Flotation ring 34 is especially important when device 10 is used in a microwave oven. After tabs 24 have been removed, device 10 is placed in a cup of water, ring 34 floats on the top of the water. Bag 12 with coffee granules 42 is immersed in the water and remains immersed even when the water boils because gas escapes through vents 25, allowing water to move through bag 12 and derive the full flavor from the granules 42.
Now referring to FIGS. 5 and 6, an alternative embodiment of securing band 34 is illustrated as band 44. Band 44 does not include a flotation ring and has less height than band 34. Band 44 includes apertures 45 which receive detents 26 of cap 20. When a user does not wish to make cofee in a microwave oven, but would prefer to simply pour boiled water into a cup, band 44 without flotation ring 34 may be conveniently used.
Also seen in FIG. 5 are optional foraminous separation grids 40a and 40b which are supported on uprights 15a, 15b and 15c of framework 14. Grid 40a has apertures 41 through which all but the largest granules 42 fall. Grid 40b has apertures 43 through which the smallest granules 42 fall. Thus, separation grids 40a and 40b assure that granules 42 are spread throughout bag 12 and that the beverage is quickly infused.
Also seen in FIG. 5 are vent tabs 24 on cap 20 which prevent coffee granules 42 from spilling.
Now refering to FIGS. 7, 8, 9 and 10, the figures illustrate the preferred assembly. It has been discovered that when coffee granules are stored directly in the bag (as in FIGS. 1-6), the granules sometimes chemically react with the bag, clinging to the bag and absorbing undesirable flavor qualities from the bag. In order to avoid this, it is preferable to store the granules in an air-tight chamber which does not impart flavor to the granules, as illustrated in FIGS. 7-10. In this embodiment, the beverage substance is retained in a storage chamber until the time of use, thus keeping the beverage substance both fresh and dry. Again, for the sake of clarity, the beverage substance will be described as coffee, but other substances are possible. Also, it should be understood that the two previously described embodiments may be adapted by providing them with storage chambers as described in reference to the following figures.
FIG. 7 shows an exploded view of the preferred assembly. Vented storage chamber 47 is seen with handle 46, handle assembly 55, top 66, and vents 68 in top 66. Uprights 15a, 15b, 15c, and 15d are seen joined to flotation ring 56. Basket 57 is suspended from flotation ring 56 and has slanted wall 48 which terminates at aperture 54. Flotation ring 56 includes detents 49 which are received inside detents 50 of chamber 47. Securing band 52 includes apertures 51 to receive detents 50 on chamber 47. To assemble, flotation ring 56 with basket 57 is slipped inside storage chamber top 47 in the direction shown by arrow 69, detents 49 received inside detents 50. Bag 12 (not shown) is then slipped over uprights 15a, 15b, 15c, and 15d, and all pieces are secured together by last slipping securing band 52 over all and engaging detents 50 in apertures 51. Coffee may then be poured into the storage chamber through vents 68 which are then sealed with tabs. The coffee, or other beverage substance, is now sealed in an airtight, preferably plastic, container. To make a drink, basket 57, suspended from flotation ring 56, must be opened.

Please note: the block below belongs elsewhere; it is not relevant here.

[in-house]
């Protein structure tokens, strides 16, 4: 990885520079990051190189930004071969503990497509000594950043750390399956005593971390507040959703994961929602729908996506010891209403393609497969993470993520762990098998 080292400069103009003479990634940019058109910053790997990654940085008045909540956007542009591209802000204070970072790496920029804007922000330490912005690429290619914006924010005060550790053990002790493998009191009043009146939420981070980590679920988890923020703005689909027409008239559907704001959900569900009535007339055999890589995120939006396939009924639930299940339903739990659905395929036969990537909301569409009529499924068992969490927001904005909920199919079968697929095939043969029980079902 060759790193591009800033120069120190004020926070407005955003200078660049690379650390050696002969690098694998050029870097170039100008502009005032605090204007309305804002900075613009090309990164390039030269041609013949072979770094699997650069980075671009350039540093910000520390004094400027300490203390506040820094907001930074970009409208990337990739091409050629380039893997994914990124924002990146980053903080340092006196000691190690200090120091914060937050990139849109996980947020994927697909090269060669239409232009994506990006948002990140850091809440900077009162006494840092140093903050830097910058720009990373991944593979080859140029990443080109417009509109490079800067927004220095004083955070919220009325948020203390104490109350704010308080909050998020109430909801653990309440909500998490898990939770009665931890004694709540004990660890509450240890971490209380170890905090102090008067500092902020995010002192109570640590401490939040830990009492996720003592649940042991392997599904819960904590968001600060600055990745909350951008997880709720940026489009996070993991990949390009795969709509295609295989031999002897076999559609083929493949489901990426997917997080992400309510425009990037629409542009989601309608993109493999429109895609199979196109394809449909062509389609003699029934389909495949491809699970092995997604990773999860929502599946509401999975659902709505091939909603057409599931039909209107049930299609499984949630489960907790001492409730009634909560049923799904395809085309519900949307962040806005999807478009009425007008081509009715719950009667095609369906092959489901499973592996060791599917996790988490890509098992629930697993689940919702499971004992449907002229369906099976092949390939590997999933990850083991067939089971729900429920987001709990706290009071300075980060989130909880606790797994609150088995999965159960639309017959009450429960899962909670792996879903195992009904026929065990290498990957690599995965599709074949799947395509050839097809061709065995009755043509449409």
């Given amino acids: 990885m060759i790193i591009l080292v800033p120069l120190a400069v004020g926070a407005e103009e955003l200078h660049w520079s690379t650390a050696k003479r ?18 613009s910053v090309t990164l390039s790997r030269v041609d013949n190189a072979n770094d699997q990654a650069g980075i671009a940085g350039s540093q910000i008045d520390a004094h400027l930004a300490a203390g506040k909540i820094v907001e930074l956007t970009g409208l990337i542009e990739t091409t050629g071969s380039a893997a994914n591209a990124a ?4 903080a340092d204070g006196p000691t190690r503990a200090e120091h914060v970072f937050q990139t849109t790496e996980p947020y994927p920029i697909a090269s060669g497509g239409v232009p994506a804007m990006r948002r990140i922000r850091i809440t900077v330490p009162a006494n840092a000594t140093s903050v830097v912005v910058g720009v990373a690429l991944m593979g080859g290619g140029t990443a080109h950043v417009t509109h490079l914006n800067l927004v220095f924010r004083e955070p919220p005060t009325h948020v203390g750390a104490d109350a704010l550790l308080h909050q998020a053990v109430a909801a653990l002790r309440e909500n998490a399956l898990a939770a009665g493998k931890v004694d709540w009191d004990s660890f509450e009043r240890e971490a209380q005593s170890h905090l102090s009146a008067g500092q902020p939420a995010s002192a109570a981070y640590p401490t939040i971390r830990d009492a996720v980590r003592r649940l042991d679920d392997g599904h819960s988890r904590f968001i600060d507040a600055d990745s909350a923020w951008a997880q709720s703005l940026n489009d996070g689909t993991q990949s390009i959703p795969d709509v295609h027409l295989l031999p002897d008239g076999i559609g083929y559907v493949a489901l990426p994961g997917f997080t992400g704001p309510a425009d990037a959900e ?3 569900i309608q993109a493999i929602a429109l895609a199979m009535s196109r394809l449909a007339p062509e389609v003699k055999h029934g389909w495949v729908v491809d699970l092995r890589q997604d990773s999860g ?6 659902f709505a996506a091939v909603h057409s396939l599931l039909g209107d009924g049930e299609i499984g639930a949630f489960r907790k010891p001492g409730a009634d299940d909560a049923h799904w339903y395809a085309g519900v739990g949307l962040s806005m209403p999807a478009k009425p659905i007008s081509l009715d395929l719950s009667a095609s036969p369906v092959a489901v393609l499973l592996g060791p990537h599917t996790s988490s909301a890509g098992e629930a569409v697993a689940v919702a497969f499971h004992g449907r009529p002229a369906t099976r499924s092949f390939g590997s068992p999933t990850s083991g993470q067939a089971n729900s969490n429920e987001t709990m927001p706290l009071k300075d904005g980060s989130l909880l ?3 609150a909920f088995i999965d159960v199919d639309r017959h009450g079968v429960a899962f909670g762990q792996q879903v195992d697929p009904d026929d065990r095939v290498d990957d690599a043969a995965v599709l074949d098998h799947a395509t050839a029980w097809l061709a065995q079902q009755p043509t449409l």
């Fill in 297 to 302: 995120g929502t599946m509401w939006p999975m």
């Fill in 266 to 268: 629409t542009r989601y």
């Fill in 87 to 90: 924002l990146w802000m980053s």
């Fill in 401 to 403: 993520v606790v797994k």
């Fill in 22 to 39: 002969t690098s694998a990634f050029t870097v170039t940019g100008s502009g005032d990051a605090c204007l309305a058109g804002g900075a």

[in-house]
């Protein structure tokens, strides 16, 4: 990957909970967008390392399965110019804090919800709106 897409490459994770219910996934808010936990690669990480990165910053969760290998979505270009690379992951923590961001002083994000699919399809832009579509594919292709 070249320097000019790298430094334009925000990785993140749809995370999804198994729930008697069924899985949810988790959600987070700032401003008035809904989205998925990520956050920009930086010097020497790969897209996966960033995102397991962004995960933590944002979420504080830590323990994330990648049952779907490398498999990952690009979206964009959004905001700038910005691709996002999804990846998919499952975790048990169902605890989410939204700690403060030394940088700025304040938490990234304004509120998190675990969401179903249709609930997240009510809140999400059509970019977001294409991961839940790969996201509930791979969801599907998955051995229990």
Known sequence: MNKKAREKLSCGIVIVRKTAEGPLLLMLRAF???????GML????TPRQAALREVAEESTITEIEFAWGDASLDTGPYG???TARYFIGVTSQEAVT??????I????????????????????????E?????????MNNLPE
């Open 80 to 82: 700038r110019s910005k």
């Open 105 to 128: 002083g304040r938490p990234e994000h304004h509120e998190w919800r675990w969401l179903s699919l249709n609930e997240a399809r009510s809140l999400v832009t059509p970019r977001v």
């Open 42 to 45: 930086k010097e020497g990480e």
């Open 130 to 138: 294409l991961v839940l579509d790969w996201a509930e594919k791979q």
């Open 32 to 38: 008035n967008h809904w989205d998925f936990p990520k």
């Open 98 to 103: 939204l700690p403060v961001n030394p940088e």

FIG. 8 shows the assembly of FIG. 7 in use. Referring now particularly to FIG. 8, beverage bag assembly 60 is shown in the open position, allowing coffee granules 42 to escape into bag 12. Handle assembly 55, rotatably attached to chamber top 66, has been turned, popping up to open aperture 65 in top 66 and aperture 54 in basket 57. Coffee 42 is thus shown descending into bag 12.
Now referring to FIGS. 9 and 10, handle assembly 55 is shown in both open (B) and closed (A) positions. Assembly 55 ends in handle 46 and includes solid stem 63 surrounded by cylinder 61. Cylinder 61 has a helical groove 62 in its interior wall. Handle 46 is attached to the assembly 55 through tab 71 mounted in stem 63. Stem 63 is slidably received in cylinder 61. Knob 64 on stem 63 rides in helical groove 62. In the closed position (A), handle 46 seals aperture 65 and stem 63 seals aperture 54. As handle 46 is turned, knob 64 is drawn upward along groove 62, breaking the seal and exposing aperture 54 to allow coffee granules to fall through aperture 54 to bag 12 (position B).
There are several variations which can be practiced in the scope of this invention. First, the bag and supporting framework are not limited to the ovaloid with pendant bag but may be of any shape convenient for immersion in a coffee mug or cup.
Second, the flotation ring may be positioned at any point on the securing band, or on the vented cap/storage chamber and on their inner or outer perimeters and still be within the scope of this invention.